Over at the Slate Vault historical blog, Rebecca Onion has published an epic musical broadside ballad printed by Union partisans during the Civil War. The song and others like it mocked the foolish attempts of Confederate President Jefferson Davis to give the United States of America a proper smack-down, even as he used “big cannon balls” to “put in big licks.” Titled “Jeff Davis and His Uncle,” the song details a hapless Davis who “tried to whip his Uncle,” but failed miserably since “He hadn’t the courage for to Root Hog or Die.” Onion explains the “roots” of the ladder phrase as such:
The “Uncle” in the title of this ballad is “Uncle Sam,” a man who Davis “tried to whip, but found it wouldn’t pay.” “Root, hog, or die,” an expression that recurs in this song but that’s now largely forgotten (save, perhaps, by fans of June Carter Cash), derived from the farmer’s practice of turning pigs loose to forage for their own food. In the 19th century, Americans used the idiom to tell others to be self-reliant and strong or suffer the consequences.
This was just one of an endless series of popular song broadsides that circulated during the war. Partisans on both sides published wartime propaganda tunes of varying degrees of quality and classiness designed to stoke the passions of soldiers and civilians, politicians and officers alike. In a thoroughly informative new study of music during the Civil War, Christian McWhirter details the ways music served as a vehicle for patriotic expression, as a form of political protest, especially against the draft, and as a source of aural inspiration to get soldiers in the field to fight with more passion and vigor and civilians on the home front to sacrifice everything to the cause.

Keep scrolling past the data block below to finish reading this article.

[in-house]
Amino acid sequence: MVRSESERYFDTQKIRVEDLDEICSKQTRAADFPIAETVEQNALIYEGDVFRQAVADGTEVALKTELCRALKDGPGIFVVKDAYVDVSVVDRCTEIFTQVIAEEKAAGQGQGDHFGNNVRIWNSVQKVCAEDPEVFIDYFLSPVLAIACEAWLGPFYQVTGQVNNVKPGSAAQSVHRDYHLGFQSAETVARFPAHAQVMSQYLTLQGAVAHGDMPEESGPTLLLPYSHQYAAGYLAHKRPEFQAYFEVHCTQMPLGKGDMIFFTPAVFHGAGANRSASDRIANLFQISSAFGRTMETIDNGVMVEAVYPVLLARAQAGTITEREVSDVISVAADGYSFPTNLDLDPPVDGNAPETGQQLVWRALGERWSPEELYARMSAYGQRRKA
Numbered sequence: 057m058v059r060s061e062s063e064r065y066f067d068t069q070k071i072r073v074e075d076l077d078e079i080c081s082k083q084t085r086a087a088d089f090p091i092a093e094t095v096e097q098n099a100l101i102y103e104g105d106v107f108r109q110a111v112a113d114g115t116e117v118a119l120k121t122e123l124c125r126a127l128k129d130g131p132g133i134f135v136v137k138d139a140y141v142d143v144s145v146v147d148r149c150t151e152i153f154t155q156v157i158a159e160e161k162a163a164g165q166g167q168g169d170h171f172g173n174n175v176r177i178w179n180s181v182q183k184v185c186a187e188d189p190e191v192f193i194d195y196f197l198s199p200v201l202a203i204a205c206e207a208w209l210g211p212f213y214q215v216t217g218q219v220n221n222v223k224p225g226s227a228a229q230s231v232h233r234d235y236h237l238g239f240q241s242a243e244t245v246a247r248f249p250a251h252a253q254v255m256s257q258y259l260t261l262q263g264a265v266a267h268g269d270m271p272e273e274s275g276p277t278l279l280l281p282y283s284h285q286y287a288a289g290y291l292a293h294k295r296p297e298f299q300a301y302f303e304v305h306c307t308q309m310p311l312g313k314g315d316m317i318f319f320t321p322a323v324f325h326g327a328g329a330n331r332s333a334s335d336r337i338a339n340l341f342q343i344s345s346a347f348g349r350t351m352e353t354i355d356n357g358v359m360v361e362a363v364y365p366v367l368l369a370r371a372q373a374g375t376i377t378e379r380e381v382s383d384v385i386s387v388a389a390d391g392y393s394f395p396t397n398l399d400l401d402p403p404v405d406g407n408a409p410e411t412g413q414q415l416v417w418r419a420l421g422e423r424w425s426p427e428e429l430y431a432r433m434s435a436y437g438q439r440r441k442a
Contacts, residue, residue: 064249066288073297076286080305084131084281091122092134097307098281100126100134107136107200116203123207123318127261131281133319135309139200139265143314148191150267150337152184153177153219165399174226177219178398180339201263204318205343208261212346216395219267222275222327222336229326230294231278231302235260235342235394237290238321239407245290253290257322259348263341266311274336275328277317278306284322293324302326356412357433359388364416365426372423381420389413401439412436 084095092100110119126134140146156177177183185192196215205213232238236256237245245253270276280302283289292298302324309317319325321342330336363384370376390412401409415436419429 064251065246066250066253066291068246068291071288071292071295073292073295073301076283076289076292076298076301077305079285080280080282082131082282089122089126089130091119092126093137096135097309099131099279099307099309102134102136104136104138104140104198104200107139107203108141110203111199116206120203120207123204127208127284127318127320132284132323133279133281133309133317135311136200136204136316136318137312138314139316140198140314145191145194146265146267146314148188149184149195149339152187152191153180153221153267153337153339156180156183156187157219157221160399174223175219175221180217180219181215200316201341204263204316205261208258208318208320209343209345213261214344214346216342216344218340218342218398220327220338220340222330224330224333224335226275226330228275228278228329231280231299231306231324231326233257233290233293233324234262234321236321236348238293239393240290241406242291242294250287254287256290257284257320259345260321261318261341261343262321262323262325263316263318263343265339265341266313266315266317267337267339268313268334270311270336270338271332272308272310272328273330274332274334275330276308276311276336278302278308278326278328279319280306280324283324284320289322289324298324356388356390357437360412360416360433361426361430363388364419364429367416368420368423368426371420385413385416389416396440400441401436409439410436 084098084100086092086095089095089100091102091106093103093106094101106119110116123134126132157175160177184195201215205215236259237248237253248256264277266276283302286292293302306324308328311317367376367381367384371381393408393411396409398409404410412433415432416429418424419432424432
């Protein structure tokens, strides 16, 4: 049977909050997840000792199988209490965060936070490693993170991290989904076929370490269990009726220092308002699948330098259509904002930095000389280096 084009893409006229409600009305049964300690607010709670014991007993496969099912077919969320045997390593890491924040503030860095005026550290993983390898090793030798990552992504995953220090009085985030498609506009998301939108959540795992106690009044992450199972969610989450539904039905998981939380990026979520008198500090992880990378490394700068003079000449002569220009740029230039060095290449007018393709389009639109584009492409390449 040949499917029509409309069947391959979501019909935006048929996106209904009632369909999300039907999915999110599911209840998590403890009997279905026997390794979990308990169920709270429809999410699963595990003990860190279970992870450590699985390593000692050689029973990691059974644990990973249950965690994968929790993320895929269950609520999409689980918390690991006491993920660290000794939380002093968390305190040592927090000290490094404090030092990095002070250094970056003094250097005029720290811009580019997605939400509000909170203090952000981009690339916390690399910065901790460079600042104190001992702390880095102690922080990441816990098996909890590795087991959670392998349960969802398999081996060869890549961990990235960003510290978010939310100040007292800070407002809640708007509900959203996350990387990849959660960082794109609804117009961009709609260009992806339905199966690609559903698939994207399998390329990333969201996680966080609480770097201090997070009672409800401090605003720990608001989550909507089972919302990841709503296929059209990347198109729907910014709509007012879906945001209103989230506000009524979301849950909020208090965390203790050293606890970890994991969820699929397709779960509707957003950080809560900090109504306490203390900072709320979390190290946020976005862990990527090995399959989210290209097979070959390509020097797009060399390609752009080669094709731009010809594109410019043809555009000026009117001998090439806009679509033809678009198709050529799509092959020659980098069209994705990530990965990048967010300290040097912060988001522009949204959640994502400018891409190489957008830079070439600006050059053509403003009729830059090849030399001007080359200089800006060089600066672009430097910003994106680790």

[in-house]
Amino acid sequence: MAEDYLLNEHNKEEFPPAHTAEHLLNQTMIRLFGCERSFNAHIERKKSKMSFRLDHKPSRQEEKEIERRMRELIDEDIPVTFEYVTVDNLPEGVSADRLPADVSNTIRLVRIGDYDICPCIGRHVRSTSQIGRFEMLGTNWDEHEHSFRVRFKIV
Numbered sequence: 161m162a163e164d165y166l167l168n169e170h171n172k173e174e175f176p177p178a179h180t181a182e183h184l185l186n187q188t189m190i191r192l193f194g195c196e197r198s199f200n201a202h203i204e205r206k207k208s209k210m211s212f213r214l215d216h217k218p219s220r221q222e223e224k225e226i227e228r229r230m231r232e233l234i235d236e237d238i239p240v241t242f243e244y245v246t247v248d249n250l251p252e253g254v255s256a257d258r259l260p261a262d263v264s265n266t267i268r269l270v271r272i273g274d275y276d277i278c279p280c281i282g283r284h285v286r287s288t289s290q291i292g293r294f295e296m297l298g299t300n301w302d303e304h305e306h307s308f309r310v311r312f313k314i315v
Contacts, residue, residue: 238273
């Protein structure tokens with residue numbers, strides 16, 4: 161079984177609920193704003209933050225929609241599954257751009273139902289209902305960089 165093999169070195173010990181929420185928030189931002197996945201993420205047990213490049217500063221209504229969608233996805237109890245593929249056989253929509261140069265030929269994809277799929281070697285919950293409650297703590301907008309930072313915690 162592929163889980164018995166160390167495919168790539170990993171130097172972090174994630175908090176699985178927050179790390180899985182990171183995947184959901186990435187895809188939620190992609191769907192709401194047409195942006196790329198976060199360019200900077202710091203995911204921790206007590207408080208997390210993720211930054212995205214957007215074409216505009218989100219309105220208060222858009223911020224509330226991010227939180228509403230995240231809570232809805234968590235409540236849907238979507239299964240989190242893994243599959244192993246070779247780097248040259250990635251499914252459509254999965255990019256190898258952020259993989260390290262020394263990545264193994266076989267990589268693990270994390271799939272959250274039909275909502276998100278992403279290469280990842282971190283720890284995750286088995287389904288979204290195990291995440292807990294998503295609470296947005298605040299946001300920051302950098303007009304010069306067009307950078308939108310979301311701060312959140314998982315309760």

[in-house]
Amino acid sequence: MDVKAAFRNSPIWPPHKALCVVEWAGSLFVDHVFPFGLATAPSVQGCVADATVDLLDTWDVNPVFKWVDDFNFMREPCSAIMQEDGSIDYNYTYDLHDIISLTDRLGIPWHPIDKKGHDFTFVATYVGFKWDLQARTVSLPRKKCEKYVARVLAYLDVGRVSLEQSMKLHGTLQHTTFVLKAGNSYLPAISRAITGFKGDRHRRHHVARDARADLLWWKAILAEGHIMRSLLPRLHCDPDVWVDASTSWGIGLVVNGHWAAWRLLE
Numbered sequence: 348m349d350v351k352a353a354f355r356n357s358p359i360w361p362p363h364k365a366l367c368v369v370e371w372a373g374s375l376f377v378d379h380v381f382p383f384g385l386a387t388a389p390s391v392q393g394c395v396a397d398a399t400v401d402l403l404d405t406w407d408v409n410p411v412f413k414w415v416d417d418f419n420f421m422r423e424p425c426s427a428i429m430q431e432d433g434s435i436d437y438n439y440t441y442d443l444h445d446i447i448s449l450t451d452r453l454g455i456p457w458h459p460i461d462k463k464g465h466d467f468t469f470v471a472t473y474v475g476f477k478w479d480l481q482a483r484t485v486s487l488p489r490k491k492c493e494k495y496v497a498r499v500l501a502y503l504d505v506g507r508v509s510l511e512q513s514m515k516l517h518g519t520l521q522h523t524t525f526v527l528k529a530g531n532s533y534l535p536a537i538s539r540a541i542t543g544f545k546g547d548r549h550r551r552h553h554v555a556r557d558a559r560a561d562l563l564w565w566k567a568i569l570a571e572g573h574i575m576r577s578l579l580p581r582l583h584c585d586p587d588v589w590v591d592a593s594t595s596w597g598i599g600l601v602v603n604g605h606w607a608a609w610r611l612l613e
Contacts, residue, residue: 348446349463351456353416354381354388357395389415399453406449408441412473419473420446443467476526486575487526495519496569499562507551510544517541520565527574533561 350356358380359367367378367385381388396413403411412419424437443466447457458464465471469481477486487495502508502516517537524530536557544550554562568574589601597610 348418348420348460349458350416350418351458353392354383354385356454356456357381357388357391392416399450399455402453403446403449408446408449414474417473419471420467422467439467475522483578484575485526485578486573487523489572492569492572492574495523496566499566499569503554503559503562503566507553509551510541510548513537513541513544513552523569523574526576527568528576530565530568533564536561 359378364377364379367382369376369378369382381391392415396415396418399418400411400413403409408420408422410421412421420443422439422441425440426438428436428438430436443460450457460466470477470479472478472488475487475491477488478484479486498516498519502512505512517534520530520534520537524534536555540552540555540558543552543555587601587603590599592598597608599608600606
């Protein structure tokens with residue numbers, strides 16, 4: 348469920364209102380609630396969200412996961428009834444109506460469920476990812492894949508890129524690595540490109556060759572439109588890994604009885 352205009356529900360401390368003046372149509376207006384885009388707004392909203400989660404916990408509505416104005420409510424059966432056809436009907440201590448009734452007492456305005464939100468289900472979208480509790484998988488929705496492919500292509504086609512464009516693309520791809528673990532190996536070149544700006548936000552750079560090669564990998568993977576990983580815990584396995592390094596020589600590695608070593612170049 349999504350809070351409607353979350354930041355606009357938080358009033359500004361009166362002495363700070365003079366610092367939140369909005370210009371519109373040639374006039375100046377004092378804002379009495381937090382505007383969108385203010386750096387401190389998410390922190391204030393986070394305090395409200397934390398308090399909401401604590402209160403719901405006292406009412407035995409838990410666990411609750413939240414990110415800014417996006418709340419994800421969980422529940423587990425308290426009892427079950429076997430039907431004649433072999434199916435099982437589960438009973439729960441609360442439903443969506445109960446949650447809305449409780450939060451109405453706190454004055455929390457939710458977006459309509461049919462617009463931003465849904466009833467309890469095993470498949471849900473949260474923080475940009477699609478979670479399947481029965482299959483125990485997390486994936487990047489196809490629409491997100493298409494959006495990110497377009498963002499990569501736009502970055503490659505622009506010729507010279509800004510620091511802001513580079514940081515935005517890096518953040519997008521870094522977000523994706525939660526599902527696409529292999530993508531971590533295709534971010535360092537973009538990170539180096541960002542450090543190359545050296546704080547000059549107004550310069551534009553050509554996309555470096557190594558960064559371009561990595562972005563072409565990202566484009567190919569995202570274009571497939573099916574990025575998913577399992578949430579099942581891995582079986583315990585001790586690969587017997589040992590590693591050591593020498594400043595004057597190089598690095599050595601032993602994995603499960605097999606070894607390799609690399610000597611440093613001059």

A somewhat less-violent modern-day equivalent of the use of music to inspire passion for your “side” is the ubiquitous presence of such overplayed anthems like Queen’s “We Will Rock You,” Europe’s existential masterpiece with the synth line that will NEVER leave your head, “The Final Countdown,” and Metallica’s ode to nighttime beach-soil delivery, “Enter Sandman” at major American sporting events. Music at sporting events serves to rally the respective partisans of both teams to cheer more enthusiastically for their side and make repeat visits to beer stands for $8 cups of Miller Lite. Much in the way Civil War era music inspired Union and Confederate partisans to fight on, sports anthems help modern Americans rally behind something larger than themselves, even if the national stakes aren’t quite as high as they were in the 1860s.
But this doesn’t mean that songs aimed at political figures like presidents have ever vanished from the American popular landscape. During his two terms in office, President George W. Bush inspired songs of loathing and loving, like Bright Eyes’ trite, if heartfelt critique of Bushism, “When the President Talks to God” and Pro-Dubya anthems like Darryl Worley’s even triter Bush endorsement, “Have You Forgotten?”
President Barack Obama has also received his fair share of support and loathing through music. Hank Williams Jr., who in the not-so-distant past was a country artist worth your attention, released a scathing anti-Obama anthem called “Keep the Change” that is about as subtle as a kick in the groin, while Bruce Springsteen performed his folky dirge anthem “Forward” at several Obama 2012 campaign rallies.
Music has always been a fixture on the American popular landscape. It has served as entertainment, artistic and political expression, and as an excuse to root for a bunch of guys in helmets crashing into each-other on a Sunday afternoon. As the above anti-Jeff Davis broadside and various pro and anti Bush and Obama tunes demonstrate, as long as Americans have had opinions about stuff, there has also been music created to spread those opinions. Go Cleveland Indians.